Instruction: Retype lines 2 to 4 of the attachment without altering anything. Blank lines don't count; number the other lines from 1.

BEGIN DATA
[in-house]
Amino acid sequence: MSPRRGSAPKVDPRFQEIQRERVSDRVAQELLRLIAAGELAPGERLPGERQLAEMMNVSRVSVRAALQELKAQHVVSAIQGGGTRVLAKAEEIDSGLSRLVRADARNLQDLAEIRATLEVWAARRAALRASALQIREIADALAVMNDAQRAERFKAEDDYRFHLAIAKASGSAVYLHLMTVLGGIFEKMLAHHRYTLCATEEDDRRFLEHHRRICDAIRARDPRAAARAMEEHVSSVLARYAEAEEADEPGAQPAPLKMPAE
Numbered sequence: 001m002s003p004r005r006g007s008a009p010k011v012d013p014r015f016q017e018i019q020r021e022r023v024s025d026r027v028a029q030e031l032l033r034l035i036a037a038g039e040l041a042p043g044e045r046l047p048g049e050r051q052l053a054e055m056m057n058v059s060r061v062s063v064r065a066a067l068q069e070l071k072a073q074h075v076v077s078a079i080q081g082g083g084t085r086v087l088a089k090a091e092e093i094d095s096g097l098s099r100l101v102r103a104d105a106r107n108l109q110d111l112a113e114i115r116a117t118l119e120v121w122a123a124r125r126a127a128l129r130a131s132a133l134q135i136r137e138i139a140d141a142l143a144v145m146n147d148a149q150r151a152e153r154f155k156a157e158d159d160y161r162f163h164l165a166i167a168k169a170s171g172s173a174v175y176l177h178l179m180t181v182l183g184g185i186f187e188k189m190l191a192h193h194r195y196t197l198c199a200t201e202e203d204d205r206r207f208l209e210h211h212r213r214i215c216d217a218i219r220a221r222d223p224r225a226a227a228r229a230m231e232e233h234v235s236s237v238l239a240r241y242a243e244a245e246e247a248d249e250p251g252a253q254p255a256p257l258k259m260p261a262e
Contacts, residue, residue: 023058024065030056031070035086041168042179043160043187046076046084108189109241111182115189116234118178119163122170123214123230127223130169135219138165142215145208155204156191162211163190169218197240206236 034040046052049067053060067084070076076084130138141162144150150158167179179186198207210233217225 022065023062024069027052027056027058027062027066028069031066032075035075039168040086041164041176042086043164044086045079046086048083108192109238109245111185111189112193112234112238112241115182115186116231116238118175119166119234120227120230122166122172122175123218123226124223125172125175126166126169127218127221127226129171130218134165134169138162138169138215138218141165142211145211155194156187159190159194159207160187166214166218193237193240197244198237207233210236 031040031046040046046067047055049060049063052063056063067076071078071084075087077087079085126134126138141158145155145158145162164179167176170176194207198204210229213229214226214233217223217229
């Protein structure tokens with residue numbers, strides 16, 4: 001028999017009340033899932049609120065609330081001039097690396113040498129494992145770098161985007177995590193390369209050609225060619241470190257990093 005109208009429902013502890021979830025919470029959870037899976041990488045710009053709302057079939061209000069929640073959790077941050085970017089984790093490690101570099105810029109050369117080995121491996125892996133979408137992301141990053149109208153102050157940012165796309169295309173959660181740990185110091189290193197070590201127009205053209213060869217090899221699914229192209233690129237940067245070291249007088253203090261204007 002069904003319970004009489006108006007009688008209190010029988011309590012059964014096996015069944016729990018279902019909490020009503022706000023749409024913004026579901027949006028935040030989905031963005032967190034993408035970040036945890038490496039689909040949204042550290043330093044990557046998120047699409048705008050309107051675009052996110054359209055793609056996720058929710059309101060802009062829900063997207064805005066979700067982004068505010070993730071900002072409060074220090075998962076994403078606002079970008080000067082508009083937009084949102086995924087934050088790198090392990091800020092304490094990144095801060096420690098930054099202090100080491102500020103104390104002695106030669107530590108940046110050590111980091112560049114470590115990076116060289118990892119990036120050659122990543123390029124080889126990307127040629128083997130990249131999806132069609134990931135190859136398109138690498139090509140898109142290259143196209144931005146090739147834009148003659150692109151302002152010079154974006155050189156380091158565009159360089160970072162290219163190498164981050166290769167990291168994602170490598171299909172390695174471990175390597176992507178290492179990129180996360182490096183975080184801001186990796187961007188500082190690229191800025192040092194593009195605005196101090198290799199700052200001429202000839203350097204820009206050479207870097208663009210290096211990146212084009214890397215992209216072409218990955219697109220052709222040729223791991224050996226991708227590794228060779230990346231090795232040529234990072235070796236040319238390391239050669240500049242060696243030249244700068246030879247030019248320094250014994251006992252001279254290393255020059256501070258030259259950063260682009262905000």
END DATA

Amino acid sequence: MSPRRGSAPKVDPRFQEIQRERVSDRVAQELLRLIAAGELAPGERLPGERQLAEMMNVSRVSVRAALQELKAQHVVSAIQGGGTRVLAKAEEIDSGLSRLVRADARNLQDLAEIRATLEVWAARRAALRASALQIREIADALAVMNDAQRAERFKAEDDYRFHLAIAKASGSAVYLHLMTVLGGIFEKMLAHHRYTLCATEEDDRRFLEHHRRICDAIRARDPRAAARAMEEHVSSVLARYAEAEEADEPGAQPAPLKMPAE
Numbered sequence: 001m002s003p004r005r006g007s008a009p010k011v012d013p014r015f016q017e018i019q020r021e022r023v024s025d026r027v028a029q030e031l032l033r034l035i036a037a038g039e040l041a042p043g044e045r046l047p048g049e050r051q052l053a054e055m056m057n058v059s060r061v062s063v064r065a066a067l068q069e070l071k072a073q074h075v076v077s078a079i080q081g082g083g084t085r086v087l088a089k090a091e092e093i094d095s096g097l098s099r100l101v102r103a104d105a106r107n108l109q110d111l112a113e114i115r116a117t118l119e120v121w122a123a124r125r126a127a128l129r130a131s132a133l134q135i136r137e138i139a140d141a142l143a144v145m146n147d148a149q150r151a152e153r154f155k156a157e158d159d160y161r162f163h164l165a166i167a168k169a170s171g172s173a174v175y176l177h178l179m180t181v182l183g184g185i186f187e188k189m190l191a192h193h194r195y196t197l198c199a200t201e202e203d204d205r206r207f208l209e210h211h212r213r214i215c216d217a218i219r220a221r222d223p224r225a226a227a228r229a230m231e232e233h234v235s236s237v238l239a240r241y242a243e244a245e246e247a248d249e250p251g252a253q254p255a256p257l258k259m260p261a262e
Contacts, residue, residue: 023058024065030056031070035086041168042179043160043187046076046084108189109241111182115189116234118178119163122170123214123230127223130169135219138165142215145208155204156191162211163190169218197240206236 034040046052049067053060067084070076076084130138141162144150150158167179179186198207210233217225 022065023062024069027052027056027058027062027066028069031066032075035075039168040086041164041176042086043164044086045079046086048083108192109238109245111185111189112193112234112238112241115182115186116231116238118175119166119234120227120230122166122172122175123218123226124223125172125175126166126169127218127221127226129171130218134165134169138162138169138215138218141165142211145211155194156187159190159194159207160187166214166218193237193240197244198237207233210236 031040031046040046046067047055049060049063052063056063067076071078071084075087077087079085126134126138141158145155145158145162164179167176170176194207198204210229213229214226214233217223217229